If you are a metal band and you name your record The Weight of A Thousand Suns, you are promising something unimaginably heavy. Black/death metal band Horizon Ablaze have done just that, and while their sound is neither the slow, down-tuned grooves or hyperfast technicality that we may associate with incredible heaviness, their third record is unabashedly bleak, ominous, and thankfully, very enjoyable. The Weight of A Thousand Suns will be available on February 16.
The Brother Of Death
Horizon Ablaze open their third outing with an aggressive attack on one of my favourite activities; “Sleep Is The Brother of Death” is certainly the stuff of nightmares, but perhaps a darkly enjoyable one. A pounding groove is established before evolving with an ominous chord progression that flows perfectly into an off-kilter verse. It is immediately apparent how much attention to transition is present on the song; each part builds effectively into the next. This is especially essential when marrying disparate Gojira-like grooves and Emperor-esque chord progressions, blasts, and yowls. “Sleep Is The Brother of Death” traverses hypnotic drums, creeping arpeggios, and dramatic riffs for an impressive opener. A penchant for the macabre and mysterious is also immediately present, with lyrics like, ‘I’ll gouge my eyes out / so I can see / the truth in every lie’.
Delusions of Grandeur?
With 8 songs and 45 minutes, The Weight of A Thousand Suns wastes little time making an impressive statement. Though direct in its delivery, the album still manages to cover a breadth of territory. “Delusions of Grandeur” introduces somewhat unexpected but fitting singing in an Ihsahn-meets-NWOBHM chorus. This song also asserts that black metal can have incredible riffs, which is proven again and again throughout the album by guitarist Stian Ruethemann. “Ghost of Previous Nightmare” opens with clean guitars and huge drums from Kevin Kvåle, making for a slow burn. “My Soul Divided” even includes hints of acoustic guitar. Though some of these choices occasionally slow the momentum of the album, they are necessary for both pacing the record and adding diversity within a genre that is sometimes monochromatic (that monochrome, of course, being black). The variety here also makes for enjoyable and rewarding repeat listens.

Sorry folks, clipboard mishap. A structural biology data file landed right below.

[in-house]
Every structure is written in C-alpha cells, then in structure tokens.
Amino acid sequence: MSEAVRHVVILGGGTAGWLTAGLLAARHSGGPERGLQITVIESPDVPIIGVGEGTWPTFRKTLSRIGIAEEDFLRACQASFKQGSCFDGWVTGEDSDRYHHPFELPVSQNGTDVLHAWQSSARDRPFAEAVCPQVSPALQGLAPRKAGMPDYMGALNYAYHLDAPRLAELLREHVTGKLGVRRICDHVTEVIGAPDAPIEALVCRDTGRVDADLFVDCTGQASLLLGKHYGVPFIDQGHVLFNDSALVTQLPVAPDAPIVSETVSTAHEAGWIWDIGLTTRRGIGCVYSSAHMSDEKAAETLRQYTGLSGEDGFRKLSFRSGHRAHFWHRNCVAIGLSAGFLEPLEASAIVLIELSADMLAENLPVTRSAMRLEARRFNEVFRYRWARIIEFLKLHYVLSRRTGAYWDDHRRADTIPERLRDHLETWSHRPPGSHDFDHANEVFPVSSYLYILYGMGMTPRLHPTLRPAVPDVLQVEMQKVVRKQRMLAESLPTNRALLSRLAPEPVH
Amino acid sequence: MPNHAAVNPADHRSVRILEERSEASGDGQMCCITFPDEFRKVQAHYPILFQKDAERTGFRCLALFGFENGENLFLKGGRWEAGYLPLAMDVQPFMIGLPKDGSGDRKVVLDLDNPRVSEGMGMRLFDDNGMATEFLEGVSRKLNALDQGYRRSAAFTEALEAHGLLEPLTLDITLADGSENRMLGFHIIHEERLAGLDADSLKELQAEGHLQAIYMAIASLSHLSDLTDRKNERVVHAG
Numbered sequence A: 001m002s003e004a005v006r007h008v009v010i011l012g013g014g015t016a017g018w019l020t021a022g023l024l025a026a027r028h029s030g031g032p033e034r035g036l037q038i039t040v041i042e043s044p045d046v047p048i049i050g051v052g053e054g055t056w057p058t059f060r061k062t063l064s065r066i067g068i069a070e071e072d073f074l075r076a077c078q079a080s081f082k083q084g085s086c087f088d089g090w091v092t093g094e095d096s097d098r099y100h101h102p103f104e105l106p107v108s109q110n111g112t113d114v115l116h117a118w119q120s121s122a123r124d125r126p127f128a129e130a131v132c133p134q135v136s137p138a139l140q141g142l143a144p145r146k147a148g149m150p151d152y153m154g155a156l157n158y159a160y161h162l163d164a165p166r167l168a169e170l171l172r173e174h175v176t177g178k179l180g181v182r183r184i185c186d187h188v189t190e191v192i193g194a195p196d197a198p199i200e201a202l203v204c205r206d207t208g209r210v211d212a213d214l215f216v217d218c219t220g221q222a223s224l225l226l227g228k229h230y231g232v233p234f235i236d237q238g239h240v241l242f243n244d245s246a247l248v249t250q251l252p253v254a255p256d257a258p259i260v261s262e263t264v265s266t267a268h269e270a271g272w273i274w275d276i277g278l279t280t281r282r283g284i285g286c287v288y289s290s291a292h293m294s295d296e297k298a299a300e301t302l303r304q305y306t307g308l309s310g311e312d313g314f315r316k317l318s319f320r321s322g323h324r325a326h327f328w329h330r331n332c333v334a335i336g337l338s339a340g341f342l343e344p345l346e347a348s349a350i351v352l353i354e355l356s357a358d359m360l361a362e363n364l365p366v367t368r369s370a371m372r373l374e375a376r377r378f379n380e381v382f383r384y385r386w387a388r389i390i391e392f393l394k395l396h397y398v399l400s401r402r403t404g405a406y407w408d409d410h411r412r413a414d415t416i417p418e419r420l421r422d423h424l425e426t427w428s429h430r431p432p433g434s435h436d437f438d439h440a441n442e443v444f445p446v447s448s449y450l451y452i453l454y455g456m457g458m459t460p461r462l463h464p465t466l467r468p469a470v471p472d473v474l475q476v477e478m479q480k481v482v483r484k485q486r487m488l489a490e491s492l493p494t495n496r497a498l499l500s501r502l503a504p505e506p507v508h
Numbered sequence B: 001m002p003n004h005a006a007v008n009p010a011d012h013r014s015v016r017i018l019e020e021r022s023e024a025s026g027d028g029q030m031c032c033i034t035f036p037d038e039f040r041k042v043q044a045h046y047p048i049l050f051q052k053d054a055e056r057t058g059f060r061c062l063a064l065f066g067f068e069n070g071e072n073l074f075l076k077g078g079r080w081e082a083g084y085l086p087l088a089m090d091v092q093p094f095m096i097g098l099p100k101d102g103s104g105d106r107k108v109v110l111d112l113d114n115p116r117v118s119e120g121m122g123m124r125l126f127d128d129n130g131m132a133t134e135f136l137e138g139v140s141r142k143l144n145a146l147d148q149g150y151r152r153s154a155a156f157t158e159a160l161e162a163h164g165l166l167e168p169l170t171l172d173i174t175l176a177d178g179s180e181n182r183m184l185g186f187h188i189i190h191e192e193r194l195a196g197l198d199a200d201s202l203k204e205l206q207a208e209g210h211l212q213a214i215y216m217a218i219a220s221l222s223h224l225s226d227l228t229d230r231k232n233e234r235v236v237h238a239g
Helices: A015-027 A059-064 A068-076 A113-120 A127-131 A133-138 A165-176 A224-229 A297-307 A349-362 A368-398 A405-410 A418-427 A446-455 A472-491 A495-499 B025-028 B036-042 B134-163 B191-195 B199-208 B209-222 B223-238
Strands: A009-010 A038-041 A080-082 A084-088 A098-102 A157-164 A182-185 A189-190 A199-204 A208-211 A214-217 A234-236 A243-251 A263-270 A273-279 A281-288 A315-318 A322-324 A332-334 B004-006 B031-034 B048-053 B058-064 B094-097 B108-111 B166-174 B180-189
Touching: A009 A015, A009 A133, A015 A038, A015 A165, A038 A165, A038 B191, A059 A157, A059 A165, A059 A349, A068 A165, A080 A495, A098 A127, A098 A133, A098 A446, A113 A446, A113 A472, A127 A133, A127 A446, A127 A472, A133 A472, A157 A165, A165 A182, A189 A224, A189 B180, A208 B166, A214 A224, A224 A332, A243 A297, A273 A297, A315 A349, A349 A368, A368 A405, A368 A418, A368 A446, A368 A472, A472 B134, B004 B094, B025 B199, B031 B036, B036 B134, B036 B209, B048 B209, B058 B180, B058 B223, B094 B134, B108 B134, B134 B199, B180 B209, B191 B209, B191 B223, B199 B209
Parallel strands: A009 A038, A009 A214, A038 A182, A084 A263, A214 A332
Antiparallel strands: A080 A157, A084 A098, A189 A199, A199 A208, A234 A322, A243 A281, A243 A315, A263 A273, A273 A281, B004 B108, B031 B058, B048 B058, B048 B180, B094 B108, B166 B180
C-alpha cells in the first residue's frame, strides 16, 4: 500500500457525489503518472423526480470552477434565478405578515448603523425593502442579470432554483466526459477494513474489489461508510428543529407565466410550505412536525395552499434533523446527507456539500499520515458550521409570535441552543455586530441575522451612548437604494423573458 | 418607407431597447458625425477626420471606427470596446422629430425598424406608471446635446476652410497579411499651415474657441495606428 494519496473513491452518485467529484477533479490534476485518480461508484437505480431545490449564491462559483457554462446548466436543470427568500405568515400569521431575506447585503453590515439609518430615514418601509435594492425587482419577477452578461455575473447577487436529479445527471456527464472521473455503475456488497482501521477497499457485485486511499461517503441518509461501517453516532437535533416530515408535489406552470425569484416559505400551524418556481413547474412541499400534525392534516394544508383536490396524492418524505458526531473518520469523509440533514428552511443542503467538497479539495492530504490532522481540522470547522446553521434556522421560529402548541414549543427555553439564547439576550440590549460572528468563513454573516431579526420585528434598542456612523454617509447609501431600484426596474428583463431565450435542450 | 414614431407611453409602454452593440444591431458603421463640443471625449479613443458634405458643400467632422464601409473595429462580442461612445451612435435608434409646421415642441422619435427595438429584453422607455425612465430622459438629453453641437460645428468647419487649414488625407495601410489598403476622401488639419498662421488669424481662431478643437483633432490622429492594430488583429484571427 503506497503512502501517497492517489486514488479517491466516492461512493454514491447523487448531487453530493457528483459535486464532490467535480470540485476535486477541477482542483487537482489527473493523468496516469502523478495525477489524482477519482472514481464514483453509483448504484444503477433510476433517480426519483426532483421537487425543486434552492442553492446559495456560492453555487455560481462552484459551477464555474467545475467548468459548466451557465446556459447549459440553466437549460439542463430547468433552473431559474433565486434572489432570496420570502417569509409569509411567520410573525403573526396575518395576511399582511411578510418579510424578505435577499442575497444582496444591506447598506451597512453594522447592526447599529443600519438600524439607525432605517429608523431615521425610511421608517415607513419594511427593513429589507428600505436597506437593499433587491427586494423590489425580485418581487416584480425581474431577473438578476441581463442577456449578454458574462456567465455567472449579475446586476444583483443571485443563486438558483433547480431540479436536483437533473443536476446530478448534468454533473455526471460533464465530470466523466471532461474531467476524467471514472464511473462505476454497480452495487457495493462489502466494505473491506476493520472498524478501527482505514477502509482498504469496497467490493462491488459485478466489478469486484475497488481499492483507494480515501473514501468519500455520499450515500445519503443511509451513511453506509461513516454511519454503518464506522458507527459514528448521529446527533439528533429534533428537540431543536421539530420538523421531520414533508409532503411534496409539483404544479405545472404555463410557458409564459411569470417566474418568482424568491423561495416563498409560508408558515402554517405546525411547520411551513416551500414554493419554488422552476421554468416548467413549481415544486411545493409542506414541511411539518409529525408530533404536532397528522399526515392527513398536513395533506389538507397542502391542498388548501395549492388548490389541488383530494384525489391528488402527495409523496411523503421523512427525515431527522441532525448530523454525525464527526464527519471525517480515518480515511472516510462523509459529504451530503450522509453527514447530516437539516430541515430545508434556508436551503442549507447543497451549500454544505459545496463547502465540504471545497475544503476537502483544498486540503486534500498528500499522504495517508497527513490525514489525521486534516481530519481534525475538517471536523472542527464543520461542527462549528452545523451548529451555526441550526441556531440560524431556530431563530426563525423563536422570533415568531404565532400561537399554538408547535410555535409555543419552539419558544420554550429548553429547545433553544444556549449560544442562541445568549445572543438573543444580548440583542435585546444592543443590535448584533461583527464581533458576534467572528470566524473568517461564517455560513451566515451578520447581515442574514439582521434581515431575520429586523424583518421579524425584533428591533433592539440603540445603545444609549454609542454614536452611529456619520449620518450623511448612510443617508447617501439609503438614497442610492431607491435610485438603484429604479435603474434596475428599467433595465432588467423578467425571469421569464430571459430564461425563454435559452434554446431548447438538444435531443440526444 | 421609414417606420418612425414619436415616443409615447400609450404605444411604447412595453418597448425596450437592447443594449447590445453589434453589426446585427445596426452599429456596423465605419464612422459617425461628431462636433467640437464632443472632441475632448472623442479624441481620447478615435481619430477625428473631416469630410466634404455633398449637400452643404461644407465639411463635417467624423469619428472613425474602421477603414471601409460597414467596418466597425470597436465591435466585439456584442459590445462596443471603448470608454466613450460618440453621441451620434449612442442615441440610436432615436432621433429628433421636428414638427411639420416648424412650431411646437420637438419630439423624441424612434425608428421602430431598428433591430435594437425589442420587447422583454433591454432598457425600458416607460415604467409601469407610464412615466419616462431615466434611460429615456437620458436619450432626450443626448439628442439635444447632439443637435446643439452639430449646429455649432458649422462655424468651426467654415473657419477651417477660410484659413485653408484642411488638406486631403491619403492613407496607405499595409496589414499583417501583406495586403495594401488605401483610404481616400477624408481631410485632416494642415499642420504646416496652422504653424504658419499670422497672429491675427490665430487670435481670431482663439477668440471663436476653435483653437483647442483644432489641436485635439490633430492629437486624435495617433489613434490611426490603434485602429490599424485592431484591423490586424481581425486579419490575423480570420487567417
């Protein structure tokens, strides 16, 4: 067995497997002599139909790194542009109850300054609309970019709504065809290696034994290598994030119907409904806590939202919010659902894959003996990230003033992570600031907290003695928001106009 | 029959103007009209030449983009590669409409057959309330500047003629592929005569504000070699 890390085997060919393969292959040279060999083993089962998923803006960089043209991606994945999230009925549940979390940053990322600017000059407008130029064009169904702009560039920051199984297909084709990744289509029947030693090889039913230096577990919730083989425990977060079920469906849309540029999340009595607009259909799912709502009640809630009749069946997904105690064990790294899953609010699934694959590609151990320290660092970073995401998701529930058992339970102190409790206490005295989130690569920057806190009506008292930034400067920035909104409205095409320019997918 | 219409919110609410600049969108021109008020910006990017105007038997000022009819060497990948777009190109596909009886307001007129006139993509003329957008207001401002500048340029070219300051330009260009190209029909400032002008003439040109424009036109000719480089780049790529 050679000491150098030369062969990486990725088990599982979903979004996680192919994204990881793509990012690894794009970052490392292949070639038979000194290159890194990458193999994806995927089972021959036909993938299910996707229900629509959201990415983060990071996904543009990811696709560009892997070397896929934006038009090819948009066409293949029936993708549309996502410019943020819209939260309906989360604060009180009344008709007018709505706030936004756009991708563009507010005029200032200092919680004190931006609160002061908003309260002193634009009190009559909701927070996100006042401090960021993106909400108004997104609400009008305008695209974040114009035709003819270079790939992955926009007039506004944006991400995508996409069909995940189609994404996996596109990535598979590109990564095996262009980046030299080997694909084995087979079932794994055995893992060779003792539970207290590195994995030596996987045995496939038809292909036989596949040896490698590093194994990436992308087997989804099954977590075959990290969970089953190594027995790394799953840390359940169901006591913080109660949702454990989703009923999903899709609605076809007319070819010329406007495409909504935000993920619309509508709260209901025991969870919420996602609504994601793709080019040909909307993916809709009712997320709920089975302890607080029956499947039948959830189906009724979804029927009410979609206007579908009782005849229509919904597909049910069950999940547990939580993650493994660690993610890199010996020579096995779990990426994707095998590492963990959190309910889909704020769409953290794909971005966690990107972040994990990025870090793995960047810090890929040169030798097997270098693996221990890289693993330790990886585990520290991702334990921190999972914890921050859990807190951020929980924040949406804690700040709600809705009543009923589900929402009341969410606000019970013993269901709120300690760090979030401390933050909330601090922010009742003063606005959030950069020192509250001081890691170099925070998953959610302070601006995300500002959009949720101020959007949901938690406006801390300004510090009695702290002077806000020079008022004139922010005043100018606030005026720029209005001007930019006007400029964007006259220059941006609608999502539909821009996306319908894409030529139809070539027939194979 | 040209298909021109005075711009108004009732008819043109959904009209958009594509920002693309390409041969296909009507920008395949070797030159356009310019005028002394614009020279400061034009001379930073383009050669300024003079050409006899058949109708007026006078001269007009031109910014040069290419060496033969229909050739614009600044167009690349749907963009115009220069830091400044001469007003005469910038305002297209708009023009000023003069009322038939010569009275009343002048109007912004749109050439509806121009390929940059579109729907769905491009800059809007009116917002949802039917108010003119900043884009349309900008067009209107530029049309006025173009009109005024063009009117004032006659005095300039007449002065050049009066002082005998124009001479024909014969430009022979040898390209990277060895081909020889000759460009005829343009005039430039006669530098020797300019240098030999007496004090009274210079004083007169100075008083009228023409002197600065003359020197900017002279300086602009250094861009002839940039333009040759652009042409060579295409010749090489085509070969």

“Insidious” closes with one of the most knotted and interesting riffs on the album. Subtle and hypnotic singing conjures a fleeting comparison to Black Crown Initiate before cresting with tremolo riffs and blast beats. A drawn out and slowly building solo finishes off the song, managing to be somehow inspirational and epic despite its darkness.
The End of A Dream
I had not heard of Horizon Ablaze before this review, but The Weight of A Thousand Suns has more than caught my attention with a fresh take on a genre and an impressive statement in its own right. Featuring some of the most interesting and focused guitar compositions I’ve heard in a while, dramatic and excellently produced drums, and a diverse yet dark aesthetic, there will be much for fans of heavy music to enjoy here. The occasional lyric may seem melodramatic and some songs pack less intensity than others, but these are small complaints for what is an overwhelmingly enjoyable album. If the rest of this year’s music continues with as much quality as The Weight of A Thousand Suns, picking out AOTY list will be an unenviable task.
Notable Tracks: “Delusions of Grandeur”; “Insidious”
FFO: Gojira, Emperor, Black Crown Initiate